Singapore’s Formula 1 History of Race Tracks, Teams, and Drivers

Singapore Grand Prix Formula 1


The Singapore Grand Prix is one of those races where you can’t help wondering how the drivers manage to complete the race. The Singapore GP is one of the toughest races for cars to handle but is also tough on the bodies of F1 drivers. Drivers can lose up to 3kg(6.6lbs) in a single race.  

The race itself takes place at the Marina Bay Circuit, which snakes its way through the downtown circuit.  You can expect to see sparks flying during this night race not only because the cars are grazing the racing track but also because there is nearly a one hundred percent guarantee that there will be a crash and a safety car making the rounds.

It is the only race where a safety car has made an appearance every race. The Singapore GP is visually stunning and always provides intense action to keep fans on the edges of their seats.

Here is the history of Singapore and Formula 1.


Singapore before 2008 never hosted a Formula 1 race but way back in the sixties the country did host Formula Libre and the Australian Formula 2 series. In the early sixties, the race was called Malaysian Grand Prix until its name was changed to the familiar Singapore Grand Prix after the country gained independence from Malaysia in 1965.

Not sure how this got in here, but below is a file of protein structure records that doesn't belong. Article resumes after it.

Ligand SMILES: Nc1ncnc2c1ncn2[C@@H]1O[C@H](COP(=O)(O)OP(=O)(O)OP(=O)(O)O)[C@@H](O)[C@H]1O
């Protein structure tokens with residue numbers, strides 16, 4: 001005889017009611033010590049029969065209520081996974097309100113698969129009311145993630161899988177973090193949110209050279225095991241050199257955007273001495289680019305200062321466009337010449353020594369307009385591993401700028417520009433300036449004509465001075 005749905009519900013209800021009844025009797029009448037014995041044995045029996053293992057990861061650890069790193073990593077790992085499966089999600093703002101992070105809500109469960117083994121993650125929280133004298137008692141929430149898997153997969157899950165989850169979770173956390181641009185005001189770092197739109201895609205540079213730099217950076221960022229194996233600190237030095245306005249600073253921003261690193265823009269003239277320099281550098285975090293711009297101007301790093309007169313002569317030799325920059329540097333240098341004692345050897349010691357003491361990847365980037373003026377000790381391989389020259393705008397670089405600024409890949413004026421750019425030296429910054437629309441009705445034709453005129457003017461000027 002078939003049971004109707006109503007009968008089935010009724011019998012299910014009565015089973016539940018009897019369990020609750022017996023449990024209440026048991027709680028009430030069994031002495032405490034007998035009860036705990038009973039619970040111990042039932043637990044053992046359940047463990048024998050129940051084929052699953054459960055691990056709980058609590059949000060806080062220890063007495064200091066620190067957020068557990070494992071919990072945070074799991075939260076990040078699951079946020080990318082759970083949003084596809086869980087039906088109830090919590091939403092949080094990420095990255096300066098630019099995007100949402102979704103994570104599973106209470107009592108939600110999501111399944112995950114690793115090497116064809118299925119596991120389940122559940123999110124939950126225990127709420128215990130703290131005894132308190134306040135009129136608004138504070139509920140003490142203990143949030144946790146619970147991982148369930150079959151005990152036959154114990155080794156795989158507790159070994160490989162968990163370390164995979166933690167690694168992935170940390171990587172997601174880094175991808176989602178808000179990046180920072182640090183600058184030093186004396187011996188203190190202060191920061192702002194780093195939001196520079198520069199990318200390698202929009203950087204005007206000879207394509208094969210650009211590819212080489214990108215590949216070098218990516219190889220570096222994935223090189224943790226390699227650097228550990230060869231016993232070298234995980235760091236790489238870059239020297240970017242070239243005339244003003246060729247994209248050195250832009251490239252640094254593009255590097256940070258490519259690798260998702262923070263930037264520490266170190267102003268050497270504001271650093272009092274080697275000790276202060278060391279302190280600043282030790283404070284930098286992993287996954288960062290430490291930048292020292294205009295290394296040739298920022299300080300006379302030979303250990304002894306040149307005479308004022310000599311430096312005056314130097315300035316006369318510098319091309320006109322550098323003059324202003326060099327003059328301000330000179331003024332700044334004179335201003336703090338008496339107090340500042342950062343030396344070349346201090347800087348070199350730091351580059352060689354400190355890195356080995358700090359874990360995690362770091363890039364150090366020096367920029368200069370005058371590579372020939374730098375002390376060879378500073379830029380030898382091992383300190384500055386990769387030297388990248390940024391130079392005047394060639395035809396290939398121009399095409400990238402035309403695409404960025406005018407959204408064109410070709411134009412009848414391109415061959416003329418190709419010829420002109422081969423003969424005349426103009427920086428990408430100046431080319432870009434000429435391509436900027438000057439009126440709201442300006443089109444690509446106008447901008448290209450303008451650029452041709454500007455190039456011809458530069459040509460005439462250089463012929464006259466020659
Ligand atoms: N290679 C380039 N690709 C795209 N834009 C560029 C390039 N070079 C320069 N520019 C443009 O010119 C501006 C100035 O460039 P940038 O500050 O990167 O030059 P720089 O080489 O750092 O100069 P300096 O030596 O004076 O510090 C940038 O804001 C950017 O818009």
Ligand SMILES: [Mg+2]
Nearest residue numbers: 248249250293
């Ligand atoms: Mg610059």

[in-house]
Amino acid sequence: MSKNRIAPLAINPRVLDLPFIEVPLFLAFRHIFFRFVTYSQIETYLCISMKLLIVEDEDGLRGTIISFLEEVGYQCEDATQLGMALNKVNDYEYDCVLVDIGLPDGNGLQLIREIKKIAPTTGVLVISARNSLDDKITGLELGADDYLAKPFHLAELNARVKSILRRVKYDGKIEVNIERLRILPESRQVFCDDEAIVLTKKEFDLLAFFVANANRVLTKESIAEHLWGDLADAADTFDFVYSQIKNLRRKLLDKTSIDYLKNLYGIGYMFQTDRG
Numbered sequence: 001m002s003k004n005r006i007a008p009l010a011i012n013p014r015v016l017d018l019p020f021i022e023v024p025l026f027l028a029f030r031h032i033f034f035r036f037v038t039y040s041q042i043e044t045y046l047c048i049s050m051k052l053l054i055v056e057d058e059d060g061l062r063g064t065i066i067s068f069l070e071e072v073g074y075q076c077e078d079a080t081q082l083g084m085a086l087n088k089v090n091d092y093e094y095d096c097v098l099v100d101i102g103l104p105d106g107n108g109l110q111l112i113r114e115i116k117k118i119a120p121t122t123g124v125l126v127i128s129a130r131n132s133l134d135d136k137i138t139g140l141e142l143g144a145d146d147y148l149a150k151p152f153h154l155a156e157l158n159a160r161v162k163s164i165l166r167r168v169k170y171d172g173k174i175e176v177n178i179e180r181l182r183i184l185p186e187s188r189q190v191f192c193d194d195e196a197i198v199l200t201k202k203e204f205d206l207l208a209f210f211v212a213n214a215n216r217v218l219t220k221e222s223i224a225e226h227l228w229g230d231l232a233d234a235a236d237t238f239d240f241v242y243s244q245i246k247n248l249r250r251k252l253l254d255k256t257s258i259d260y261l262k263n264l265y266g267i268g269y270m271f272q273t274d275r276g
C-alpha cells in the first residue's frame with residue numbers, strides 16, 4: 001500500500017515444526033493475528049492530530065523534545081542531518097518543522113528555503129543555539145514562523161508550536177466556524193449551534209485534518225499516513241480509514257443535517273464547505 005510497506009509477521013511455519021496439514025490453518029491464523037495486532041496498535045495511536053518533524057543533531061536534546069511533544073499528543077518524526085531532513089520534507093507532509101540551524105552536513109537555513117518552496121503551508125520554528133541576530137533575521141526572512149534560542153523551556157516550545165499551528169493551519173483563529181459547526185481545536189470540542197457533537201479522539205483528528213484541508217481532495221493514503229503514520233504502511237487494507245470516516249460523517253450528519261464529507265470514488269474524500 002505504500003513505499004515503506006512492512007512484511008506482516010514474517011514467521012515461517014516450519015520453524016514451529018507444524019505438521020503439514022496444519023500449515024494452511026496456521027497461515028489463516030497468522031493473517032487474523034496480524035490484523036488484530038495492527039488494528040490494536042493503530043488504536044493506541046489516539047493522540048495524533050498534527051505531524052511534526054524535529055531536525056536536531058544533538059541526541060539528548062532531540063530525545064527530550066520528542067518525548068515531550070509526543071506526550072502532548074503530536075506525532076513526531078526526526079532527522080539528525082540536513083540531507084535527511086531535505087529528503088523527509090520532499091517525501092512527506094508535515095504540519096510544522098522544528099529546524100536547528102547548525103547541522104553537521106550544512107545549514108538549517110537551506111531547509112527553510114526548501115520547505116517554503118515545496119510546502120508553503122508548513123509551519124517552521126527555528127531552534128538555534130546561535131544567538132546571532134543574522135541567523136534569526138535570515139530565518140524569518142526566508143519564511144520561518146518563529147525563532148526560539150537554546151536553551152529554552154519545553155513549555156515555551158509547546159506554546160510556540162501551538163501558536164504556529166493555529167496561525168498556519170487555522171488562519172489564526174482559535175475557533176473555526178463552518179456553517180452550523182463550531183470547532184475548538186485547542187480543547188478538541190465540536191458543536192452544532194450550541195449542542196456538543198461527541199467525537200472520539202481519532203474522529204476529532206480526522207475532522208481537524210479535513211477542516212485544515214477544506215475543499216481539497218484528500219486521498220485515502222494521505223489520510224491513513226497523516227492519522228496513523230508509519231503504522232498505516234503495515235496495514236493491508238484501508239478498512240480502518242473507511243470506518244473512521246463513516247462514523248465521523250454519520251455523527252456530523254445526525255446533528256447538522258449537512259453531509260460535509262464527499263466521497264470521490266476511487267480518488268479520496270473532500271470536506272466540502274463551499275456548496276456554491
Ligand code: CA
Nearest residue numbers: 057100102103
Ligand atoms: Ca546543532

The Thomson Road Circuit was much like the Marina Bay Circuit and was a street circuit that drove through the Old Upper Thomson Road. The track had a length of 4.865km that featured nine turns running clockwise and needed fifty laps to complete the race.  The fastest lap was set in 1973 by Australia’s Leo Geoghegan driving for team Birrana with a time of 1:54.9. This edition of the Singapore Grand Prix only lasted from 1961 to 1973 and was halted from proceeding due to safety concerns.